Exotic species get claws into pet market

By Yang Wanli | China Daily | Updated: 2019-08-22 07:32
Exotic pets at a store in Beijing: a lizard. WANG JING/CHINA DAILY

Background research

Given the rising popularity of exotic pets, experts are urging owners to conduct research on animals before buying them. Many have warned that some exotic pets may pose health risks because they can carry bacteria and parasites linked to infectious diseases. For example, some reptiles can transmit salmonellosis, whose symptoms include diarrhea, fever, abdominal cramps and vomiting.

"The old, young and people with weakened immune systems are more likely to develop severe illnesses. In some serious cases, people can die from the infection," said Zou Qiangjun from the Beijing Aquatic Wild Animals Rescue and Care Center.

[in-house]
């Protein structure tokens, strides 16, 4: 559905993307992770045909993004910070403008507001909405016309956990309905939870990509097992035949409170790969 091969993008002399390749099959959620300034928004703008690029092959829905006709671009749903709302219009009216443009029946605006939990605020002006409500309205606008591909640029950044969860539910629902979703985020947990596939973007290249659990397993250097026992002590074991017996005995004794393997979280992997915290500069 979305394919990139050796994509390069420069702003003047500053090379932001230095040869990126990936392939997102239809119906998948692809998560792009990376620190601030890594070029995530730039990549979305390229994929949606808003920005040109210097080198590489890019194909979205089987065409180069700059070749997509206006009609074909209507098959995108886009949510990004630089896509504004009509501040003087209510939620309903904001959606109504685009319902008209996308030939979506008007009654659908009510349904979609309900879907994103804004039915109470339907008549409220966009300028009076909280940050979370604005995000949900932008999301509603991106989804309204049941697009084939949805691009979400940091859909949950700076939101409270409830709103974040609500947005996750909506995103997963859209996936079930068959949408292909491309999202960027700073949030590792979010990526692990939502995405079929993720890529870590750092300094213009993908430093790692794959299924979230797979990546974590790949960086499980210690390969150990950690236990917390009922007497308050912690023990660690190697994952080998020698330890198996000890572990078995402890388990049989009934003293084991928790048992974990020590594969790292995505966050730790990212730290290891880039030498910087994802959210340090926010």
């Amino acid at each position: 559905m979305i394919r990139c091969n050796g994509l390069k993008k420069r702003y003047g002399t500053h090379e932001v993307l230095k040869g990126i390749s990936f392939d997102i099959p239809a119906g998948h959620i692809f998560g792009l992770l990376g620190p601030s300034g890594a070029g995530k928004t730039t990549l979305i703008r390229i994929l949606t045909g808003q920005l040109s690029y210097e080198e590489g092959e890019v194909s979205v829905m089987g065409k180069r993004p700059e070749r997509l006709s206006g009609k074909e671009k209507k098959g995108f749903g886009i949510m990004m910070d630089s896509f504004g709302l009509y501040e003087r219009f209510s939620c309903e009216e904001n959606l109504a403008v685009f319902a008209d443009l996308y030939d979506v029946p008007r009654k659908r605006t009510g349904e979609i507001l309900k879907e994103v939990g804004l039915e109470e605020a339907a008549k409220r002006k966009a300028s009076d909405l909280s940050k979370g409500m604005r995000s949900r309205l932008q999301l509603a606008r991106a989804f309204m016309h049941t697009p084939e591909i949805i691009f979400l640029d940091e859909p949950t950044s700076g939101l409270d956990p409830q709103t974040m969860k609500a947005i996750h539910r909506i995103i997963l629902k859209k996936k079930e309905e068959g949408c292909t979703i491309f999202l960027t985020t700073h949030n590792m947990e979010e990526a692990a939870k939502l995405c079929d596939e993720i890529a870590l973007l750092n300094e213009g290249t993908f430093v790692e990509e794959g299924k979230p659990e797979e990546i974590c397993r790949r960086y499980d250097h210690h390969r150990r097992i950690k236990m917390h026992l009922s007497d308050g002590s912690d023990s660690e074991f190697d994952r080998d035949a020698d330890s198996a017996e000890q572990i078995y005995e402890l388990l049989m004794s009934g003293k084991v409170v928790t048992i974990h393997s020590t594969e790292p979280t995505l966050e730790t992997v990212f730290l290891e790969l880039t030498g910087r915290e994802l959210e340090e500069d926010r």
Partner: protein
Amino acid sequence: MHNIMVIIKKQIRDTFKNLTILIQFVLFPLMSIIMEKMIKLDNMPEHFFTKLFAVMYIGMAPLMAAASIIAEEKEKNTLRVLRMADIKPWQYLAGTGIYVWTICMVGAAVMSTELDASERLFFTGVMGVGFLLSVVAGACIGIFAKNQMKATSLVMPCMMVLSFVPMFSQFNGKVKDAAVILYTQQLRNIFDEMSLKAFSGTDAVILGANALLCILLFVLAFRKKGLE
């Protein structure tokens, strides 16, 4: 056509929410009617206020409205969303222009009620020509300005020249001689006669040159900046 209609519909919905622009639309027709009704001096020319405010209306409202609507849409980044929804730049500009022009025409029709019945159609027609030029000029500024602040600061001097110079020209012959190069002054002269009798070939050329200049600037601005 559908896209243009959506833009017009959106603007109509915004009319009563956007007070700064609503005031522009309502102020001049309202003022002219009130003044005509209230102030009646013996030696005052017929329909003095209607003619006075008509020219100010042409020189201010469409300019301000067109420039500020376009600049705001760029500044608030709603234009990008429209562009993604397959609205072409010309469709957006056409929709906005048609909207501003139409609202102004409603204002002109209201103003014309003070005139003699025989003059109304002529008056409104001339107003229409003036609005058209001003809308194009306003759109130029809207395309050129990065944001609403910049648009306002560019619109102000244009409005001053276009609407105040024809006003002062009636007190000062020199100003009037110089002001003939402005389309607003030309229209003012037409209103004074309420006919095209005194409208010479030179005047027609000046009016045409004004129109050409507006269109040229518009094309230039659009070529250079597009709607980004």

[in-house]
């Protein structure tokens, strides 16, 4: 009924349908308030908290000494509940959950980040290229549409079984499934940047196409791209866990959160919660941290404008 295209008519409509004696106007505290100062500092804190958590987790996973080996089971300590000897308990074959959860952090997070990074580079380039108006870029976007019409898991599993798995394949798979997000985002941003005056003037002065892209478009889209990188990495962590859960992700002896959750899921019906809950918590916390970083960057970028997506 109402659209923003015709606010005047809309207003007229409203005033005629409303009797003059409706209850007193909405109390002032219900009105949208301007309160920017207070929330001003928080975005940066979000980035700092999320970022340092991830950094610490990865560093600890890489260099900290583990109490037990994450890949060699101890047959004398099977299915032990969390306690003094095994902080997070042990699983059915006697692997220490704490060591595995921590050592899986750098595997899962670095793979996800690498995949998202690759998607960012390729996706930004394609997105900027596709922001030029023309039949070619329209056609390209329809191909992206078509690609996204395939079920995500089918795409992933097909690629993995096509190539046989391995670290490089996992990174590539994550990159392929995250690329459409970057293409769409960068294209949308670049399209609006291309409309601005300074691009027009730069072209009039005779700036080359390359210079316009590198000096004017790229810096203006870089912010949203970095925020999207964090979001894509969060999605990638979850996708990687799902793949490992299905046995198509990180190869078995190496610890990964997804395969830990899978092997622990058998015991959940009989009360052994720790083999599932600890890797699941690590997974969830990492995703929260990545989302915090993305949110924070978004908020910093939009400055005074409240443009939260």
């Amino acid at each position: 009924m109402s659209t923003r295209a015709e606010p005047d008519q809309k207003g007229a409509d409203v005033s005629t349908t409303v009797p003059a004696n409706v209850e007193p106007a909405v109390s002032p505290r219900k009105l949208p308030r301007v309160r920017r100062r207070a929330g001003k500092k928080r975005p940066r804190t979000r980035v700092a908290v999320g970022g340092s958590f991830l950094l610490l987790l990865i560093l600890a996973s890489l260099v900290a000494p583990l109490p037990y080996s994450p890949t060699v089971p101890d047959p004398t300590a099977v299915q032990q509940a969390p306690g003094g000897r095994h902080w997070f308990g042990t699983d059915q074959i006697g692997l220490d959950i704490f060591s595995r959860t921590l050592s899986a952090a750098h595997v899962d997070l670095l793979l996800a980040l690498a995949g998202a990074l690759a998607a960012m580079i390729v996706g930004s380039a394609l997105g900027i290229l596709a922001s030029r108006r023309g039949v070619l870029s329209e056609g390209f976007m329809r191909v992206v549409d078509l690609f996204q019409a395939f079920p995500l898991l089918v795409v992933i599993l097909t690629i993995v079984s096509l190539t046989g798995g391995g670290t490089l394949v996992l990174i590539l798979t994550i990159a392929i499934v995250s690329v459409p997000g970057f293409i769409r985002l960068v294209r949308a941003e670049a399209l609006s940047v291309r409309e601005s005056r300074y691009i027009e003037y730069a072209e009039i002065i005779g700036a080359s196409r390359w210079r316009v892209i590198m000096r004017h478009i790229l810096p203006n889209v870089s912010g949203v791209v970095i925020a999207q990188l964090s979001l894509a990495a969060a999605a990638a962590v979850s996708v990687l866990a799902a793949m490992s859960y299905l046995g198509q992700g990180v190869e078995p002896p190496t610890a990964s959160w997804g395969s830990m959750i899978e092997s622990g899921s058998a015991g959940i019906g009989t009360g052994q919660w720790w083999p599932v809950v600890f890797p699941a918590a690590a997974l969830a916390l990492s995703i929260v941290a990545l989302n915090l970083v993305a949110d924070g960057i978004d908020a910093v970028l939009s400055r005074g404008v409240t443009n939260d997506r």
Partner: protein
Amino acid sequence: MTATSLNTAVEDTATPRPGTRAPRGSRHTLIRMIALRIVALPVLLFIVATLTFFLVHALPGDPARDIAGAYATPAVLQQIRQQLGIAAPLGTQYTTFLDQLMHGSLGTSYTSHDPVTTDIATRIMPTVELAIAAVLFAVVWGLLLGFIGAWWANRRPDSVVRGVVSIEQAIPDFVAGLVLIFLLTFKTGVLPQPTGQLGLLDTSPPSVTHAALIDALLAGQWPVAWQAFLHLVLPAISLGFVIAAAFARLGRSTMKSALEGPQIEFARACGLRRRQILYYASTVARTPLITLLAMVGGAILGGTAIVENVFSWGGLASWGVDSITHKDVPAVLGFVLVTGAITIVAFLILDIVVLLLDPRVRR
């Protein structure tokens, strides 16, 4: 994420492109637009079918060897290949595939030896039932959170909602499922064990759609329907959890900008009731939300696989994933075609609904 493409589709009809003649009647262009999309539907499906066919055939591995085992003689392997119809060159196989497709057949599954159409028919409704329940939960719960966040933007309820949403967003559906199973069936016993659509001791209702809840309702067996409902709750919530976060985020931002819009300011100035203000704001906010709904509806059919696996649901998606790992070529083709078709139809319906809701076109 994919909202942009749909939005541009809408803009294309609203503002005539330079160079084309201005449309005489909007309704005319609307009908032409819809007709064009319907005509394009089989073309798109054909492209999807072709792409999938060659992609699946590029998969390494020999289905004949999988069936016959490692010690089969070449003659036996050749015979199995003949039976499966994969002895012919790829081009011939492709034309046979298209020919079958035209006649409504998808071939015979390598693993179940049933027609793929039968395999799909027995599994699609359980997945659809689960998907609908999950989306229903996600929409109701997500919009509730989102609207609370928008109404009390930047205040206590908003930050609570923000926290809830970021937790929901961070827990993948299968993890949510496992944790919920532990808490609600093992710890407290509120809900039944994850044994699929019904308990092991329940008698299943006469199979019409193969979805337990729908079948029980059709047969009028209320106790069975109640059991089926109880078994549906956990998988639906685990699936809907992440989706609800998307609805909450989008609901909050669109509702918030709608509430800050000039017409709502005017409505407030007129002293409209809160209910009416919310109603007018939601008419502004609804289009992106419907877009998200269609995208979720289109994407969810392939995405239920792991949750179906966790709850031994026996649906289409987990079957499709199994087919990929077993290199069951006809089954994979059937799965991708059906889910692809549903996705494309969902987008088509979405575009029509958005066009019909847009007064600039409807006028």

He said that in recent years, the center has received reports of pets, including snapping turtles and giant salamanders, being bred in captivity and then abandoned.

In 2012 and 2015, the center rescued two 1-meter-long Siamese crocodiles that had been abandoned in a river and on a golf course. When experts examined the crocodiles, they discovered that the reptiles had been bred in captivity.

According to a report by World Animal Protection, nearly 50 percent of first-time buyers "hardly take any time" to learn about their animals.

"They lack enough knowledge and preparation to raise wild species at home. Some young wildlife might be cute and suitable for keeping at home, but things may go beyond people's expectations," Zou said.

"Wild animals belong in the wild. The best thing we can do for them is to respect their original conditions and leave them in the wild."

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